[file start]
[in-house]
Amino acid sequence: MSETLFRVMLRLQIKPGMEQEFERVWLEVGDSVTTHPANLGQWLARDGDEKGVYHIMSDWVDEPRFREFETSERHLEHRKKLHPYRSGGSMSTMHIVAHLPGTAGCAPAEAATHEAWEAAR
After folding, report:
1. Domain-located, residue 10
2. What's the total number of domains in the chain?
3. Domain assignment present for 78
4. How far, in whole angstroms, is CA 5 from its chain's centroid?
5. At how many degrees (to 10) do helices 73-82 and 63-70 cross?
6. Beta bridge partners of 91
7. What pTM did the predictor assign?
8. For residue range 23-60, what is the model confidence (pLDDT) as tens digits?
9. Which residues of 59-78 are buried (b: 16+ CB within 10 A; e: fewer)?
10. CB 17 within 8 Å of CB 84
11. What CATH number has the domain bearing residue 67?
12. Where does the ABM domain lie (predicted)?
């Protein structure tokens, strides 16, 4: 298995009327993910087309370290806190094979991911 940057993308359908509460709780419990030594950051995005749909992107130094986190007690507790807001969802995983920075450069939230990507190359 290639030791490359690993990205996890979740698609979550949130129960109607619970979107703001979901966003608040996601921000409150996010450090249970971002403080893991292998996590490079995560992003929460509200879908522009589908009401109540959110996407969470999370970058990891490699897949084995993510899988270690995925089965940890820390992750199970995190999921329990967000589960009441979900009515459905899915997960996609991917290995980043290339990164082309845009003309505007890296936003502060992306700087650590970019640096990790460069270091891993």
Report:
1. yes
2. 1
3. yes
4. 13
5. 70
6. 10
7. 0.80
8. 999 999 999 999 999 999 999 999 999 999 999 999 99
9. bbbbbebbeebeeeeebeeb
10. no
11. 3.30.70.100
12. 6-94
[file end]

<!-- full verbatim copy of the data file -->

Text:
[in-house]
Amino acid sequence: MSETLFRVMLRLQIKPGMEQEFERVWLEVGDSVTTHPANLGQWLARDGDEKGVYHIMSDWVDEPRFREFETSERHLEHRKKLHPYRSGGSMSTMHIVAHLPGTAGCAPAEAATHEAWEAAR
After folding, report:
1. Domain-located, residue 10
2. What's the total number of domains in the chain?
3. Domain assignment present for 78
4. How far, in whole angstroms, is CA 5 from its chain's centroid?
5. At how many degrees (to 10) do helices 73-82 and 63-70 cross?
6. Beta bridge partners of 91
7. What pTM did the predictor assign?
8. For residue range 23-60, what is the model confidence (pLDDT) as tens digits?
9. Which residues of 59-78 are buried (b: 16+ CB within 10 A; e: fewer)?
10. CB 17 within 8 Å of CB 84
11. What CATH number has the domain bearing residue 67?
12. Where does the ABM domain lie (predicted)?
């Protein structure tokens, strides 16, 4: 298995009327993910087309370290806190094979991911 940057993308359908509460709780419990030594950051995005749909992107130094986190007690507790807001969802995983920075450069939230990507190359 290639030791490359690993990205996890979740698609979550949130129960109607619970979107703001979901966003608040996601921000409150996010450090249970971002403080893991292998996590490079995560992003929460509200879908522009589908009401109540959110996407969470999370970058990891490699897949084995993510899988270690995925089965940890820390992750199970995190999921329990967000589960009441979900009515459905899915997960996609991917290995980043290339990164082309845009003309505007890296936003502060992306700087650590970019640096990790460069270091891993």
Report:
1. yes
2. 1
3. yes
4. 13
5. 70
6. 10
7. 0.80
8. 999 999 999 999 999 999 999 999 999 999 999 999 99
9. bbbbbebbeebeeeeebeeb
10. no
11. 3.30.70.100
12. 6-94